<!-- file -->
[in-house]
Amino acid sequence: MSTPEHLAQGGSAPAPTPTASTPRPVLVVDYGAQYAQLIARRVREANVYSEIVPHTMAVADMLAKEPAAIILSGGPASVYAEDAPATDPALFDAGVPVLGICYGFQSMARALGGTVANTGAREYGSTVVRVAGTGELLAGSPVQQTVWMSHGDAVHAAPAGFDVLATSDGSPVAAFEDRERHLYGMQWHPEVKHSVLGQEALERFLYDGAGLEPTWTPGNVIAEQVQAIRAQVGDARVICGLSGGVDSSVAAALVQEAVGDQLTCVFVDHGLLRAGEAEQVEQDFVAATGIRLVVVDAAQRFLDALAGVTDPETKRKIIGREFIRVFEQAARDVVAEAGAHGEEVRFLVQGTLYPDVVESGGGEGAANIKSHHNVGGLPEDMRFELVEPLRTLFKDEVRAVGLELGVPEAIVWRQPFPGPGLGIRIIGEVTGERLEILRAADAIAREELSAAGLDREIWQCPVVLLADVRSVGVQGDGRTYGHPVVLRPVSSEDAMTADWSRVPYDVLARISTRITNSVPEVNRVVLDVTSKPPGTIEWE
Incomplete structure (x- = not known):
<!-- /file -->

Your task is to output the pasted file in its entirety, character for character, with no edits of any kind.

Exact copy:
[in-house]
Amino acid sequence: MSTPEHLAQGGSAPAPTPTASTPRPVLVVDYGAQYAQLIARRVREANVYSEIVPHTMAVADMLAKEPAAIILSGGPASVYAEDAPATDPALFDAGVPVLGICYGFQSMARALGGTVANTGAREYGSTVVRVAGTGELLAGSPVQQTVWMSHGDAVHAAPAGFDVLATSDGSPVAAFEDRERHLYGMQWHPEVKHSVLGQEALERFLYDGAGLEPTWTPGNVIAEQVQAIRAQVGDARVICGLSGGVDSSVAAALVQEAVGDQLTCVFVDHGLLRAGEAEQVEQDFVAATGIRLVVVDAAQRFLDALAGVTDPETKRKIIGREFIRVFEQAARDVVAEAGAHGEEVRFLVQGTLYPDVVESGGGEGAANIKSHHNVGGLPEDMRFELVEPLRTLFKDEVRAVGLELGVPEAIVWRQPFPGPGLGIRIIGEVTGERLEILRAADAIAREELSAAGLDREIWQCPVVLLADVRSVGVQGDGRTYGHPVVLRPVSSEDAMTADWSRVPYDVLARISTRITNSVPEVNRVVLDVTSKPPGTIEWE
Incomplete structure (x- = not known):